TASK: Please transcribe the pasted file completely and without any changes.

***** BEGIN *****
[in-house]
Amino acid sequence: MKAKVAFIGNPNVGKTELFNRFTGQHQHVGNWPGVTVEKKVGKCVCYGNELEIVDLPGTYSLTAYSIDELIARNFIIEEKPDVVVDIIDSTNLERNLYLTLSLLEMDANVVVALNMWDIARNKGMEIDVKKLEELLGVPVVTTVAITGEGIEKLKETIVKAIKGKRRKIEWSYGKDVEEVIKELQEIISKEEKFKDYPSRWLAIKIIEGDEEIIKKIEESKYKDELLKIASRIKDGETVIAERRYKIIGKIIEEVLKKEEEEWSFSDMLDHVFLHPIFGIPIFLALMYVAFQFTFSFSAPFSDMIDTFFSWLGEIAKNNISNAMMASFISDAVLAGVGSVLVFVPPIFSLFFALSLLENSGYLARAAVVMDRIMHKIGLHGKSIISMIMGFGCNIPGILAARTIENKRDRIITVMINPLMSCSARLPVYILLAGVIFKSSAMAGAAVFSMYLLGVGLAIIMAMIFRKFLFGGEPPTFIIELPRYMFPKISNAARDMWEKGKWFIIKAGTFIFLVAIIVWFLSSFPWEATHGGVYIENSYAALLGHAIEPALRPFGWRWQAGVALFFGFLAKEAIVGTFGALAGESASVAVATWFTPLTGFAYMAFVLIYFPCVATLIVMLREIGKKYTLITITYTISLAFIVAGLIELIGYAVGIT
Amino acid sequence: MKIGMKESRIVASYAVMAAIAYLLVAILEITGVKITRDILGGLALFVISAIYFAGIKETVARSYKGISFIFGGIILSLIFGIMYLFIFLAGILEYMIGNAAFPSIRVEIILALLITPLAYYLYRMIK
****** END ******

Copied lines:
[in-house]
Amino acid sequence: MKAKVAFIGNPNVGKTELFNRFTGQHQHVGNWPGVTVEKKVGKCVCYGNELEIVDLPGTYSLTAYSIDELIARNFIIEEKPDVVVDIIDSTNLERNLYLTLSLLEMDANVVVALNMWDIARNKGMEIDVKKLEELLGVPVVTTVAITGEGIEKLKETIVKAIKGKRRKIEWSYGKDVEEVIKELQEIISKEEKFKDYPSRWLAIKIIEGDEEIIKKIEESKYKDELLKIASRIKDGETVIAERRYKIIGKIIEEVLKKEEEEWSFSDMLDHVFLHPIFGIPIFLALMYVAFQFTFSFSAPFSDMIDTFFSWLGEIAKNNISNAMMASFISDAVLAGVGSVLVFVPPIFSLFFALSLLENSGYLARAAVVMDRIMHKIGLHGKSIISMIMGFGCNIPGILAARTIENKRDRIITVMINPLMSCSARLPVYILLAGVIFKSSAMAGAAVFSMYLLGVGLAIIMAMIFRKFLFGGEPPTFIIELPRYMFPKISNAARDMWEKGKWFIIKAGTFIFLVAIIVWFLSSFPWEATHGGVYIENSYAALLGHAIEPALRPFGWRWQAGVALFFGFLAKEAIVGTFGALAGESASVAVATWFTPLTGFAYMAFVLIYFPCVATLIVMLREIGKKYTLITITYTISLAFIVAGLIELIGYAVGIT
Amino acid sequence: MKIGMKESRIVASYAVMAAIAYLLVAILEITGVKITRDILGGLALFVISAIYFAGIKETVARSYKGISFIFGGIILSLIFGIMYLFIFLAGILEYMIGNAAFPSIRVEIILALLITPLAYYLYRMIK